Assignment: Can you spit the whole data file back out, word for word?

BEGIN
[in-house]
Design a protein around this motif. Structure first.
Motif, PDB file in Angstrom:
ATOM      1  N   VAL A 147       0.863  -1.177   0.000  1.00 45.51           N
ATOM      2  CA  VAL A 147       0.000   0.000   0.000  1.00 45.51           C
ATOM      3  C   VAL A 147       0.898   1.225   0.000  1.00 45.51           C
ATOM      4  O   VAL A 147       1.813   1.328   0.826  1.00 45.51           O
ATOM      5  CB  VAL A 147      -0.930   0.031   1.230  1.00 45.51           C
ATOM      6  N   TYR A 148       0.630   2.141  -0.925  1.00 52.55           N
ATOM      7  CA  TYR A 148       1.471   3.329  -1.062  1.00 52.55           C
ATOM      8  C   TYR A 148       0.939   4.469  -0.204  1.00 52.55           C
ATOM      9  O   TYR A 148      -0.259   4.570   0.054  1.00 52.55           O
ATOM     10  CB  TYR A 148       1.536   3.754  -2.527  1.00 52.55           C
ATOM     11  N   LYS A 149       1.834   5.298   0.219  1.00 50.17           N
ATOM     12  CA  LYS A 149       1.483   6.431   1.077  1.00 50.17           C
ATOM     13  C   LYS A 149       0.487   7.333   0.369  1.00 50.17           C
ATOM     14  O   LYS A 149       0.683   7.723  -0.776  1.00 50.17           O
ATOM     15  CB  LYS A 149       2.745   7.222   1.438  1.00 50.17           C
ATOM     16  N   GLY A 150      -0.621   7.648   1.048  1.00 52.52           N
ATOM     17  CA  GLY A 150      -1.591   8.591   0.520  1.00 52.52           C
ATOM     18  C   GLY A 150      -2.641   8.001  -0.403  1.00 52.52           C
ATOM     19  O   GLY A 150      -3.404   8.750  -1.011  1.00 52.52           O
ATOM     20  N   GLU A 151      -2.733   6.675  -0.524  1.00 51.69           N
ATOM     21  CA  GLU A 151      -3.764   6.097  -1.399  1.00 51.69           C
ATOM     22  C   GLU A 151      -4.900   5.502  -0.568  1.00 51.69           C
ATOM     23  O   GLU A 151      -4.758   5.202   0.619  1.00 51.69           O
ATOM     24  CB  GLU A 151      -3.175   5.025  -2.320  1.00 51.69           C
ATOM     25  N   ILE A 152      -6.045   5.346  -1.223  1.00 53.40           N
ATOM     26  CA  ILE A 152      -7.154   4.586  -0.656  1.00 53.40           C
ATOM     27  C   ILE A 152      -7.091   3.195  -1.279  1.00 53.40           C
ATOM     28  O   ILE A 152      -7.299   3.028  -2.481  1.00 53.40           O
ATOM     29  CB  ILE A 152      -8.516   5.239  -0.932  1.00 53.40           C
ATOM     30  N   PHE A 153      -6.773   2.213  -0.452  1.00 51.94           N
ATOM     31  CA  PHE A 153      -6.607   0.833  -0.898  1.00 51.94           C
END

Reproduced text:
[in-house]
Design a protein around this motif. Structure first.
Motif, PDB file in Angstrom:
ATOM      1  N   VAL A 147       0.863  -1.177   0.000  1.00 45.51           N
ATOM      2  CA  VAL A 147       0.000   0.000   0.000  1.00 45.51           C
ATOM      3  C   VAL A 147       0.898   1.225   0.000  1.00 45.51           C
ATOM      4  O   VAL A 147       1.813   1.328   0.826  1.00 45.51           O
ATOM      5  CB  VAL A 147      -0.930   0.031   1.230  1.00 45.51           C
ATOM      6  N   TYR A 148       0.630   2.141  -0.925  1.00 52.55           N
ATOM      7  CA  TYR A 148       1.471   3.329  -1.062  1.00 52.55           C
ATOM      8  C   TYR A 148       0.939   4.469  -0.204  1.00 52.55           C
ATOM      9  O   TYR A 148      -0.259   4.570   0.054  1.00 52.55           O
ATOM     10  CB  TYR A 148       1.536   3.754  -2.527  1.00 52.55           C
ATOM     11  N   LYS A 149       1.834   5.298   0.219  1.00 50.17           N
ATOM     12  CA  LYS A 149       1.483   6.431   1.077  1.00 50.17           C
ATOM     13  C   LYS A 149       0.487   7.333   0.369  1.00 50.17           C
ATOM     14  O   LYS A 149       0.683   7.723  -0.776  1.00 50.17           O
ATOM     15  CB  LYS A 149       2.745   7.222   1.438  1.00 50.17           C
ATOM     16  N   GLY A 150      -0.621   7.648   1.048  1.00 52.52           N
ATOM     17  CA  GLY A 150      -1.591   8.591   0.520  1.00 52.52           C
ATOM     18  C   GLY A 150      -2.641   8.001  -0.403  1.00 52.52           C
ATOM     19  O   GLY A 150      -3.404   8.750  -1.011  1.00 52.52           O
ATOM     20  N   GLU A 151      -2.733   6.675  -0.524  1.00 51.69           N
ATOM     21  CA  GLU A 151      -3.764   6.097  -1.399  1.00 51.69           C
ATOM     22  C   GLU A 151      -4.900   5.502  -0.568  1.00 51.69           C
ATOM     23  O   GLU A 151      -4.758   5.202   0.619  1.00 51.69           O
ATOM     24  CB  GLU A 151      -3.175   5.025  -2.320  1.00 51.69           C
ATOM     25  N   ILE A 152      -6.045   5.346  -1.223  1.00 53.40           N
ATOM     26  CA  ILE A 152      -7.154   4.586  -0.656  1.00 53.40           C
ATOM     27  C   ILE A 152      -7.091   3.195  -1.279  1.00 53.40           C
ATOM     28  O   ILE A 152      -7.299   3.028  -2.481  1.00 53.40           O
ATOM     29  CB  ILE A 152      -8.516   5.239  -0.932  1.00 53.40           C
ATOM     30  N   PHE A 153      -6.773   2.213  -0.452  1.00 51.94           N
ATOM     31  CA  PHE A 153      -6.607   0.833  -0.898  1.00 51.94           C